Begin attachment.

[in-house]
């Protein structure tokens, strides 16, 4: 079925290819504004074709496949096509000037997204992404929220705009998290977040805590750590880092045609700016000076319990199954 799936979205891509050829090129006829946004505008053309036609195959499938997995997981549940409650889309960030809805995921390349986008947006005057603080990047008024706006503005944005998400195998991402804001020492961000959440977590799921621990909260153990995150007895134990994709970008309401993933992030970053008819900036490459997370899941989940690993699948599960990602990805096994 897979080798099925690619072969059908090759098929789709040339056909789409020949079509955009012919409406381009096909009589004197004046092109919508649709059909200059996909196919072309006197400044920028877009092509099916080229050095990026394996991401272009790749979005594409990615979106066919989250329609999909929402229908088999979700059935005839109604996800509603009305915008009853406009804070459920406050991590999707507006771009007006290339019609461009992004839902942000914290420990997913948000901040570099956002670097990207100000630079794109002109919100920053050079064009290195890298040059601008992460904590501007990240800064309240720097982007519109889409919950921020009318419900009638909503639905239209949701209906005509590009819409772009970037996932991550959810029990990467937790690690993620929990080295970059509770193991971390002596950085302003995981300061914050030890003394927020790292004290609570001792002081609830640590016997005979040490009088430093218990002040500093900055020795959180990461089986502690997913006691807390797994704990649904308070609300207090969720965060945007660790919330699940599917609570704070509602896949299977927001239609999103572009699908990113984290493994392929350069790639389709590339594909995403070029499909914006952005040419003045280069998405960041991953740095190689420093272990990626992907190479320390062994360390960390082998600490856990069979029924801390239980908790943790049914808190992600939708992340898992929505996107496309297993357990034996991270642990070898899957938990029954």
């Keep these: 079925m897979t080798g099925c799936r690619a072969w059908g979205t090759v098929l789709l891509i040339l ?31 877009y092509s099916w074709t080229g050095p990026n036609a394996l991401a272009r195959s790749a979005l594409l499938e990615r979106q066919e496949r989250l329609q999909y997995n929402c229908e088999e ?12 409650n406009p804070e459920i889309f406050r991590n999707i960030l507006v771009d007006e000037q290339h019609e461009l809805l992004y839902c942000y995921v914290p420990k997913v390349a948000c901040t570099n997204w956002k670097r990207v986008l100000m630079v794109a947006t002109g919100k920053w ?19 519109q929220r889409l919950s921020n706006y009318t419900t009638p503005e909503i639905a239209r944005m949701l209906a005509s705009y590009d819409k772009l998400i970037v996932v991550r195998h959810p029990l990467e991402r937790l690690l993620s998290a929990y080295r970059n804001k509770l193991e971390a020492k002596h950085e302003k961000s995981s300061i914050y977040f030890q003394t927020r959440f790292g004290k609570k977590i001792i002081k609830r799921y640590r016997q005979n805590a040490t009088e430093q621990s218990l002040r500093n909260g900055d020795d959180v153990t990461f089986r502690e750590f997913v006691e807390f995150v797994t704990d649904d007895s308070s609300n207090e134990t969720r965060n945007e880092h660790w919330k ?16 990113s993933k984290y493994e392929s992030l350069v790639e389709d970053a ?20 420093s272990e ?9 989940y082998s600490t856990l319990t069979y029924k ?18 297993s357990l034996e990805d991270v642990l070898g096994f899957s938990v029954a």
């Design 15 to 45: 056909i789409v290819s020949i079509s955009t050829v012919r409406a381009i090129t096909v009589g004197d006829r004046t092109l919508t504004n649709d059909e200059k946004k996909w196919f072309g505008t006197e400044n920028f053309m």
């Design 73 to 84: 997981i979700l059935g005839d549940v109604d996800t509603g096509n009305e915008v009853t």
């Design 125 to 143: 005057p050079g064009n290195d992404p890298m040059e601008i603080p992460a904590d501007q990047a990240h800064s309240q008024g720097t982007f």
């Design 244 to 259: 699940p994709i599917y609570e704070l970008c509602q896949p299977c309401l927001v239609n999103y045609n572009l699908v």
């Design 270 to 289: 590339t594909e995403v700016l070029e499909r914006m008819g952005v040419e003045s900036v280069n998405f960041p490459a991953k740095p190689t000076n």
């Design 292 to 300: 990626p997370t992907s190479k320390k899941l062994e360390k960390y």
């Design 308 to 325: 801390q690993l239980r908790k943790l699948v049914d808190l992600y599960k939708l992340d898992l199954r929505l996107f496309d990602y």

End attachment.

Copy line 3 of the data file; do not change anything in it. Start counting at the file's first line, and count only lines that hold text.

């Keep these: 079925m897979t080798g099925c799936r690619a072969w059908g979205t090759v098929l789709l891509i040339l ?31 877009y092509s099916w074709t080229g050095p990026n036609a394996l991401a272009r195959s790749a979005l594409l499938e990615r979106q066919e496949r989250l329609q999909y997995n929402c229908e088999e ?12 409650n406009p804070e459920i889309f406050r991590n999707i960030l507006v771009d007006e000037q290339h019609e461009l809805l992004y839902c942000y995921v914290p420990k997913v390349a948000c901040t570099n997204w956002k670097r990207v986008l100000m630079v794109a947006t002109g919100k920053w ?19 519109q929220r889409l919950s921020n706006y009318t419900t009638p503005e909503i639905a239209r944005m949701l209906a005509s705009y590009d819409k772009l998400i970037v996932v991550r195998h959810p029990l990467e991402r937790l690690l993620s998290a929990y080295r970059n804001k509770l193991e971390a020492k002596h950085e302003k961000s995981s300061i914050y977040f030890q003394t927020r959440f790292g004290k609570k977590i001792i002081k609830r799921y640590r016997q005979n805590a040490t009088e430093q621990s218990l002040r500093n909260g900055d020795d959180v153990t990461f089986r502690e750590f997913v006691e807390f995150v797994t704990d649904d007895s308070s609300n207090e134990t969720r965060n945007e880092h660790w919330k ?16 990113s993933k984290y493994e392929s992030l350069v790639e389709d970053a ?20 420093s272990e ?9 989940y082998s600490t856990l319990t069979y029924k ?18 297993s357990l034996e990805d991270v642990l070898g096994f899957s938990v029954a």